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Tuesday, October 25

Two-bath compensation


Here's a good example of the two-bath's* ability to hold detail in the highlights. Shooting straight into the sun can be a tricky problem as it's very difficult to stop blowing out the light source whilst retaining some detail in the shadows. Some film/developer combinations would have burned the highlights out but this Tri-X/two-bath effort did a good job. There's enough detail in the darker tones that I could have made it a little lighter but this lower key rendering has more drama to it. Like the pic in the previous post, this one was scanned on my Epson flatbed and had little done in Photoshop other than a levels adjustment and a slight darkening of the sky.

It was taken on Sunday with my Rolleiflex 2.8F, hand held, and with the focus on the wet sand highlight in the foreground. I love the old Rollei and have severe misgivings about taking it to the beach. Not long after this shot I felt a grating coming from the lens mount as I focused. The camera was just serviced a month or two back and I'm hoping it was no more than a tiny bit of sand that has since fallen out. It seemed to to have gone away by the end of the day. Of course, it might just have been crushed into a fine powder and spread around the guts of the camera...

I think I'll put an old and inexpensive 35mm outfit together just for forays like this. Fixing old Rolleis isn't a cheap business!

* The formula can be found at the bottom of the "Getting a good negative" article just below the header.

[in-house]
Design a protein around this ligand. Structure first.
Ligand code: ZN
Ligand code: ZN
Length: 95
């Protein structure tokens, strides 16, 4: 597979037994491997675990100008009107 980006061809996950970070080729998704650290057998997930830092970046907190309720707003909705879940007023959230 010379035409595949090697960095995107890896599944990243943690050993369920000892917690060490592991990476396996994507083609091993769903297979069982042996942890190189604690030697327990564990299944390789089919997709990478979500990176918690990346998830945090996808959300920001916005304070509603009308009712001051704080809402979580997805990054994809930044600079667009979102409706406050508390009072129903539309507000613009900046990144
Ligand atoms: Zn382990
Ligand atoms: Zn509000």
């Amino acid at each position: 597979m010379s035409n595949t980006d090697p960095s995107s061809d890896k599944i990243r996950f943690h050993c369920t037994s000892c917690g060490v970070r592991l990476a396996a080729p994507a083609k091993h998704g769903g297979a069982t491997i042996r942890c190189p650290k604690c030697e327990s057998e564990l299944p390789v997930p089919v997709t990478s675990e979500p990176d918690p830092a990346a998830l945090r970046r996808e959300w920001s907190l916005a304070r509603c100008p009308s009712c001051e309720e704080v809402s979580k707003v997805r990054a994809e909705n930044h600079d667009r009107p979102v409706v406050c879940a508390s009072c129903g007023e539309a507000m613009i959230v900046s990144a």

4 comments :

clicknroll said...

beautiful glow!

Bob said...

I'm going to have to try your 2 bath recipe. I'm partial to divided D76, and it works quite well for similar scenes - or just plain keeping highlights in check.

I really like your blog -- good stuff.

bob

BRUCE ROBBINS said...

Thanks Bob. If you do give it a try please let me know how it goes for you. The only things you have to watch out for are uneven development and a lack of contrast if the original scene itself is flat. If you're troubled by uneven development than try a few inversions halfway through the second bath. Other than that you should be OK.

Efrain BG said...

Hi, Bruce!

I read your article about getting a better negative before and after a few re-reads about the two-bath development explanation (the one where you explain about exhausting the chemicals that actually develop the highlights) an idea got stuck in my mind... now that I read the comments on this post I realize it's not a new idea (as per Bob's comment)

I was wondering about using two different concentrations (dilutions) of the same developer and/or using different agitation schemes. Is it possible that the two different concentrations do the trick? has anyone tried it?

Is it too crazy (or dumb) to think the same developer will work differently on highlights/shadows on different concentarions? What about using two different developers (one that favors the highlights and another for the shadows)?

If you were to try this, what would be the logic behind it? would you use the "thicker" soup first or last? In the case of different developers, which one would you use first?